Two trees in the urban forest
A healthy urban forest is diverse. It is made up of trees of various ages – from venerable trees to saplings. It is made up of many kinds of trees – it does not over rely on one or two species. It is many layered – from the crown, to the mid-storey to the under-storey.
Mitigating the heat island effect, cooling the city, is a central goal of all urban forest strategies.
This is where the London Plane tree, plantanus x acerifolia, comes into its own. Plane trees make up 10% of Port Phillip’s 43,894 trees (the percentage is lower in Port Melbourne)1. In Middle Park and Elwood, plane trees meet in what urbanist Brent Toderian calls ‘a kissing canopy’, the ultimate in the shading and cooling sought by an urban forest strategy.
In the 17th century, English writer John Evelyn noted this attribute of the plane in his discourse on trees, Sylva.
‘Pliny affirms, there is no tree whatsoever which so well defends us from the heat of the sun in Summer, nor that admits it more kindly in Winter’2.
Plane trees are known for being tough survivors in urban environments – tolerating air pollution, harsh pruning and compacted soils. Evelyn again: ‘they will flourish and abide with us, without any more trouble than frequent and plentiful watering, which from their youth they excessively delight in, and gratefully acknowledge by their growth accordingly.2‘
In the end plane trees may prove vulnerable to a hotter, dryer climate, and the City of Melbourne is gradually replacing them with trees better able to cope in a warmer city.
However, in biodiversity terms, another goal of urban forest strategies, the plane tree fall short. Tim Flannery is reported to have said that ‘they are about as much use to our wildlife as concrete posts’3.
The City of Melbourne is exploring several ways to increase biodiversity in the City. In July 2017, 28 plane trees were planted with native Creeping Mistletoe (Muellerina eucalyptoides) seed. Mistletoe grows in the canopy of trees, partially obtaining water and nutrients from the tree through the point of attachment. It provides food and shelter for a wide range of wildlife, including the White Imperial and Spotted Jezabel butterflies and the locally uncommon mistletoe bird. Australian mistletoe does not kill healthy trees4.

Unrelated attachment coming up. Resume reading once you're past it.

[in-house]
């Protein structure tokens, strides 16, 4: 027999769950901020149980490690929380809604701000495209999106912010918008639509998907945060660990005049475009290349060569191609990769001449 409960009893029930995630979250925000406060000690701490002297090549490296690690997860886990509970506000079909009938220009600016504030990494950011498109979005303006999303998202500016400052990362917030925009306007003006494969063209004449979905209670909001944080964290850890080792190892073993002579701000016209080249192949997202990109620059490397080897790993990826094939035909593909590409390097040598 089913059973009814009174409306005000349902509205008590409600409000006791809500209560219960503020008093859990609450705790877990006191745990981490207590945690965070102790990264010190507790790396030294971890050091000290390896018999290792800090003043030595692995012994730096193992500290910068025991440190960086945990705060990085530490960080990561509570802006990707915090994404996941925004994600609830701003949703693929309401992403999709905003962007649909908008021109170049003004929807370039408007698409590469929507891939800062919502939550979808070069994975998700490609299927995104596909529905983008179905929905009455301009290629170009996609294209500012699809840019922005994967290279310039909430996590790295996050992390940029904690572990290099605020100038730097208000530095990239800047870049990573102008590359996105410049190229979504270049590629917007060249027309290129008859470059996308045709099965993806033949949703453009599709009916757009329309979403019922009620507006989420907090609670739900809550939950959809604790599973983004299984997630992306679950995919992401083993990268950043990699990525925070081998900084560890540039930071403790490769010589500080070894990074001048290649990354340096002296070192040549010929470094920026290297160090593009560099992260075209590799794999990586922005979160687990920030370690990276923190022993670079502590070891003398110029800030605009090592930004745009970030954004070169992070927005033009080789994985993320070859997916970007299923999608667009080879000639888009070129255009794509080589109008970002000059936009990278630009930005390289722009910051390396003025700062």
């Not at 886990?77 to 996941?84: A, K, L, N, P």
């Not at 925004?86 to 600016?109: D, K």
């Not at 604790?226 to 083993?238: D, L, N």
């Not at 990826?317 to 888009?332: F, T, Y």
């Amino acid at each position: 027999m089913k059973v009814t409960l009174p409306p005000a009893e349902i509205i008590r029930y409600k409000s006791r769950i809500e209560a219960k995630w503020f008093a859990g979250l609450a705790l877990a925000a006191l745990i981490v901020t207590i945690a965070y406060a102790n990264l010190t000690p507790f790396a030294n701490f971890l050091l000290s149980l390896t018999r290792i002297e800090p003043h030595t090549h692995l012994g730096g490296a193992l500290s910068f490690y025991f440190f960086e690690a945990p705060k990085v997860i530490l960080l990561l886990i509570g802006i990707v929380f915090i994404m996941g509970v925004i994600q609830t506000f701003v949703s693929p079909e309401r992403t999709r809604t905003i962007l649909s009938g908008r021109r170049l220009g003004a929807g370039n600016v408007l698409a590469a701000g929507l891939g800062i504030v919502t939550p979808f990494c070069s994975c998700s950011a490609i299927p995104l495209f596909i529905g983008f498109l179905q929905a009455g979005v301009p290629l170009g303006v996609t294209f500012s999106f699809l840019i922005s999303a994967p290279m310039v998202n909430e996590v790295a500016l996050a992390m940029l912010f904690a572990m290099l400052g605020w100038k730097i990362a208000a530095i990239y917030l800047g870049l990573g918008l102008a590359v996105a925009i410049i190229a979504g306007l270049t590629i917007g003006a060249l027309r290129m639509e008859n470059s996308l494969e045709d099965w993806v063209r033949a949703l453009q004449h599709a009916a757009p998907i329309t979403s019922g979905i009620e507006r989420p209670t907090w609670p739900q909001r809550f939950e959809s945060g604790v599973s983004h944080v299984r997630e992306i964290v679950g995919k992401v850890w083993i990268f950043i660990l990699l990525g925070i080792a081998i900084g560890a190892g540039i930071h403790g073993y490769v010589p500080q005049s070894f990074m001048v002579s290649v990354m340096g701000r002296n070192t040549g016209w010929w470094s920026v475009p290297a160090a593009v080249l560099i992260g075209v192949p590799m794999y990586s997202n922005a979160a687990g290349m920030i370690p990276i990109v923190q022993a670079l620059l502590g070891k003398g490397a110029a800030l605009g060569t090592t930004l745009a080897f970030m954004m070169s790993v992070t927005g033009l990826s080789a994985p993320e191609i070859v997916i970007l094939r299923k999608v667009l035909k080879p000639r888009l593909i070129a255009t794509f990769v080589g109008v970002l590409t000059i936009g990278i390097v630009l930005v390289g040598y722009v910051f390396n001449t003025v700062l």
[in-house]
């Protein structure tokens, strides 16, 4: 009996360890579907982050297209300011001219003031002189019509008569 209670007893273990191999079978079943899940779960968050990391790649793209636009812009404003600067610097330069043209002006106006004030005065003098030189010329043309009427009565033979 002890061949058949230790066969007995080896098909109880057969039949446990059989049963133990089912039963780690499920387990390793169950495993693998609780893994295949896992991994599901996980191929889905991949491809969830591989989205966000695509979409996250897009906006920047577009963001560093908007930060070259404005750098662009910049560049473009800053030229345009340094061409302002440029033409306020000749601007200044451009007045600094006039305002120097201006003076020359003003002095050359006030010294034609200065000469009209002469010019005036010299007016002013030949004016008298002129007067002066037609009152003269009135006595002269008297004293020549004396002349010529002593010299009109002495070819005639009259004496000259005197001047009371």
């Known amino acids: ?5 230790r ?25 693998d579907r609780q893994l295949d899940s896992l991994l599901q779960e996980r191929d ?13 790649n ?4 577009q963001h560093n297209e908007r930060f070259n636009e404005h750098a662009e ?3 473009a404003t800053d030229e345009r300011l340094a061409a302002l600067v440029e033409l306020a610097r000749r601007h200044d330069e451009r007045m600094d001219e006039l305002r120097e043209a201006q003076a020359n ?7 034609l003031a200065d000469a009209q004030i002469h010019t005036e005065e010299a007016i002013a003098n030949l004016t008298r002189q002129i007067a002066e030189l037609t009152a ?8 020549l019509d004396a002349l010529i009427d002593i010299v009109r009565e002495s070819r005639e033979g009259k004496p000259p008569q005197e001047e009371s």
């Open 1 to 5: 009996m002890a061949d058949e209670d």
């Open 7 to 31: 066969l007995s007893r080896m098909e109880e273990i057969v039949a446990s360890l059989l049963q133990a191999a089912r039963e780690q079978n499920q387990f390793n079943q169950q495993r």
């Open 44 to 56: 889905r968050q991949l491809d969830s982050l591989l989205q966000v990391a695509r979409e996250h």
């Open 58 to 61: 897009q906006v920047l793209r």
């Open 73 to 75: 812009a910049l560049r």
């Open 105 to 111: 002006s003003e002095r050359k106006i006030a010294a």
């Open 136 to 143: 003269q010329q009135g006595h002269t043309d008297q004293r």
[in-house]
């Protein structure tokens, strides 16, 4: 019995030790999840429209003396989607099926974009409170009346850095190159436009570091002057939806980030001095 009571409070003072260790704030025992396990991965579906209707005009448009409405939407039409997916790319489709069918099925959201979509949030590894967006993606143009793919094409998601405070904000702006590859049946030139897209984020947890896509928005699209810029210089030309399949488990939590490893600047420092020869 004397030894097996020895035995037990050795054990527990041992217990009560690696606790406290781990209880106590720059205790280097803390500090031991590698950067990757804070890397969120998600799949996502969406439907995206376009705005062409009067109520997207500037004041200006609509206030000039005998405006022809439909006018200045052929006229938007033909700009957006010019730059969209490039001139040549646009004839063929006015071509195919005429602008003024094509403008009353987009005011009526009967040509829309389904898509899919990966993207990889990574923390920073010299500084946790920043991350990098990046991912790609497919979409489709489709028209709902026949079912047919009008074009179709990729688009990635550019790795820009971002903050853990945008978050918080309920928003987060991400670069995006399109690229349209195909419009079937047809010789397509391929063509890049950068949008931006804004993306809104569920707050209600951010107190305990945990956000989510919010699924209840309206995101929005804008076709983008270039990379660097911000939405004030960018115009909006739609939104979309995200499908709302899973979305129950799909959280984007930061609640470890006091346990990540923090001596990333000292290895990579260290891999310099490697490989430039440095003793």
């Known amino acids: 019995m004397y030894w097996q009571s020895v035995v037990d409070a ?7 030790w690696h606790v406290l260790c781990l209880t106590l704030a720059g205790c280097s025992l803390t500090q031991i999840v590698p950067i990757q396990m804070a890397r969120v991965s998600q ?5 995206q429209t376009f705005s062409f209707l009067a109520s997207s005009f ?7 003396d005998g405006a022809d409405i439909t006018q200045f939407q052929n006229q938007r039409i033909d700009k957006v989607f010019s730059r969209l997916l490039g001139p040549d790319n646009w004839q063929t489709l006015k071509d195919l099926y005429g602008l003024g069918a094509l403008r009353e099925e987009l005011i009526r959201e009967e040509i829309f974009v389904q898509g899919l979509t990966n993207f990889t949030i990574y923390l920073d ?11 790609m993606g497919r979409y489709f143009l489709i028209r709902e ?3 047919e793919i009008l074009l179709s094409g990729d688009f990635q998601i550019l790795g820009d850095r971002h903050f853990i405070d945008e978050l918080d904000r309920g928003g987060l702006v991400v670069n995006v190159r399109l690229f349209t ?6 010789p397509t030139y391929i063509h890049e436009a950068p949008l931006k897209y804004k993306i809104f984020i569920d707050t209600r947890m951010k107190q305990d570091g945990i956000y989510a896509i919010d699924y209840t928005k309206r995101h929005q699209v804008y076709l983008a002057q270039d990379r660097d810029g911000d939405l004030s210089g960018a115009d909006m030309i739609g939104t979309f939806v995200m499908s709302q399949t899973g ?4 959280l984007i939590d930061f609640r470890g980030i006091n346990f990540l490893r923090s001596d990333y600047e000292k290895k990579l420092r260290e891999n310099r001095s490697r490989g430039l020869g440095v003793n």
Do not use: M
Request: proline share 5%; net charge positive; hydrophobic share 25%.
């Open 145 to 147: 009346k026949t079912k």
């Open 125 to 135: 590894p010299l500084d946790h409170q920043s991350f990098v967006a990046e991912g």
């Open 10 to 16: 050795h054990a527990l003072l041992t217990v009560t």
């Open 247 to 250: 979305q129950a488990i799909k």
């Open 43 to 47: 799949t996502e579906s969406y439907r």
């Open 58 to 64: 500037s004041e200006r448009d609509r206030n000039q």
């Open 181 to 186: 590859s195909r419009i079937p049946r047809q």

Local naturalist Gio Fitzpatrick, in a recent submission to the City of Bayside’s draft Urban Forest Strategy, argued that most urban forest strategies focus on trees ‘primarily as physical objects rather than ecologically interactive players’.
He contrasts the barrenness of the plane tree with the biodiverse richness of the Drooping She-oak, Allocasaurina verticillata. These trees are locally indigenous to the coastal fringes of Port Phillip Bay.
The Drooping She-oak is a miracle of climate adaptation. The branchlets that hang down are not the leaves of the tree. The highly modified leaves, barely discernible to the human eye, are hidden away in the branchlets to minimise water loss. Each rain drop rolls down the branchlet to the ground.
Gio observes that caterpillars are the favourite food of many bird species, particularly when rearing young, so the diversity of caterpillars on a tree can be useful measure of that tree’s importance in the food web. Furthermore, many caterpillars have specialised associations with certain plants with which they share an evolutionary history. To illustrate his point, he observes a locally rare Pallid Cuckoo with a She-oak Moth caterpillar in a Drooping She-oak on the foreshore.
‘A food web based on an indigenous plant, feeding a specialised insect which is feeding a specialised bird. All have evolved together and, in effect, know each other. The She-oak Moth caterpillar’s physiology is specially adapted to the tannins and specific chemical defenses of the tree and the cuckoo is able to eat caterpillars (despite its irritating hairs) because it routinely sheds the lining of its stomach. As amazing as they seem, these specialised relationships are not exceptional but the norm in nature.
They depend on indigenous plants being present to begin with’.
There are 504 casauarinas in Port Melbourne, more than plane trees. The trees may not be showy, except when the males are in full flight of flowering. They provide homes and food for smaller birds away from aggressive big birds, especially noisy miners. For their important role in local biodiversity, let’s hope we see more of them planted.
With many thanks to Gio Fitzpatrick for permission to quote from Seeing the urban forest for the trees, Considerations and recommendations for the Bayside Urban Forest Strategy 2021
1 Greening Port Phillip Street Tree Planting Program 2017 to 2022, City of Port Phillip 8 January 2019
2John Evelyn Sylva or a Discourse of Forest Trees and the Propagation of Timber in His Majesty’s Dominions Volume One published as The Project Gutenberg eBook in 2007, first published in 1664
3 Sydney Morning Herald 5 January 2005
4 Mistletoe Biodiversity research and monitoring, City of Melbourne